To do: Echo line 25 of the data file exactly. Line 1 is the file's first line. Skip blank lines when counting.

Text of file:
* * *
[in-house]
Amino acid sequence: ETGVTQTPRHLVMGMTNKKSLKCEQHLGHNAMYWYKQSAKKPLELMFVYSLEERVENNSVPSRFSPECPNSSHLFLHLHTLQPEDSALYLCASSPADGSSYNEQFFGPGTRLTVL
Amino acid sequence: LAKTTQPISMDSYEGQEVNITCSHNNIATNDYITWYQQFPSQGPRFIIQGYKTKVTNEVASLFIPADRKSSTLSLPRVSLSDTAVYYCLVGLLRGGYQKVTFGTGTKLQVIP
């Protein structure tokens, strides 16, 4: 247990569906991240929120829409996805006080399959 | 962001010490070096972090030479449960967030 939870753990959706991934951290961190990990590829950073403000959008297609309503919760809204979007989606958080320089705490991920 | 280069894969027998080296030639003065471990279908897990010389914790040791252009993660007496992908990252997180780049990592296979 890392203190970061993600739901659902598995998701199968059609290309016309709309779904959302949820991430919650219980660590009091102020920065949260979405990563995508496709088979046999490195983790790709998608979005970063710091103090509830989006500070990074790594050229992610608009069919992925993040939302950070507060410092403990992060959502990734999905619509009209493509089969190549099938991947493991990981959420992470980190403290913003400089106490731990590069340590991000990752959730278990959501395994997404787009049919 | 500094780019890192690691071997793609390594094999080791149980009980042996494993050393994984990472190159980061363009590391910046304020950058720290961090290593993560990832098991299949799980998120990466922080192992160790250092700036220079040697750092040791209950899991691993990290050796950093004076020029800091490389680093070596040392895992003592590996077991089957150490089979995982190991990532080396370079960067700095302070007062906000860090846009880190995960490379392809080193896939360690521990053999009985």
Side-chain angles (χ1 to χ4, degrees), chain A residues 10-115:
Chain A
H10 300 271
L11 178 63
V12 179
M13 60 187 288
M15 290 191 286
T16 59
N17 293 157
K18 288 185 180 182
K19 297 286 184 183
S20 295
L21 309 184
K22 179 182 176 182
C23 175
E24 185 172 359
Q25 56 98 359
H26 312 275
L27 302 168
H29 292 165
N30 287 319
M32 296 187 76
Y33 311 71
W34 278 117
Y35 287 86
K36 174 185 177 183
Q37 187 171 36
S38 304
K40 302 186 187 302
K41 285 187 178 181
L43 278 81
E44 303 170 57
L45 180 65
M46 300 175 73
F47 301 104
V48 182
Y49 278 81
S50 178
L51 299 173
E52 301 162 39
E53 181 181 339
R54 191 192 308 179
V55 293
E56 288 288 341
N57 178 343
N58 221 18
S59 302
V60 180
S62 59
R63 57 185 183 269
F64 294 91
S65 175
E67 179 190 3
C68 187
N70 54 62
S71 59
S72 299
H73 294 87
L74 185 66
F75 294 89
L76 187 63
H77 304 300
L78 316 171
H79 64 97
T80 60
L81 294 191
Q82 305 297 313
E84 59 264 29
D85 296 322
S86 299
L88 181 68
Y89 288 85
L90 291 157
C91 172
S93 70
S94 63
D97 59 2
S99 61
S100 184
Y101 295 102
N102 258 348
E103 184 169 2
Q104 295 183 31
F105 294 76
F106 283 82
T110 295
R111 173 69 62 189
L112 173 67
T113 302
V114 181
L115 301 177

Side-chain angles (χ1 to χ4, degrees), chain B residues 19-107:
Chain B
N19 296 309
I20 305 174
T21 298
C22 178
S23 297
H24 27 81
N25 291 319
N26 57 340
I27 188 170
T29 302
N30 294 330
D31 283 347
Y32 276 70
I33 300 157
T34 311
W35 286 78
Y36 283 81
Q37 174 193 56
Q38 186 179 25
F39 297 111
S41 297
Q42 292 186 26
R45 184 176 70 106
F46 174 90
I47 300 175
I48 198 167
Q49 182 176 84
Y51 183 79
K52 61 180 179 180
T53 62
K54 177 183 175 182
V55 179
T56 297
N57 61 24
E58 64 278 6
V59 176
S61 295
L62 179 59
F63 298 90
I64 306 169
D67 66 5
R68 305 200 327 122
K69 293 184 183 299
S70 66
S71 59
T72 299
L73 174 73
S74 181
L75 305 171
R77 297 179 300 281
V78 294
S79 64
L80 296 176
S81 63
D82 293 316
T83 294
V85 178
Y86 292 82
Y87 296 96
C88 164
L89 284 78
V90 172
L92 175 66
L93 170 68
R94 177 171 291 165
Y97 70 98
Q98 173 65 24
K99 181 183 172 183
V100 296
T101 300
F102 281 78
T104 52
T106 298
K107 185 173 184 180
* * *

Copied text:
N30 287 319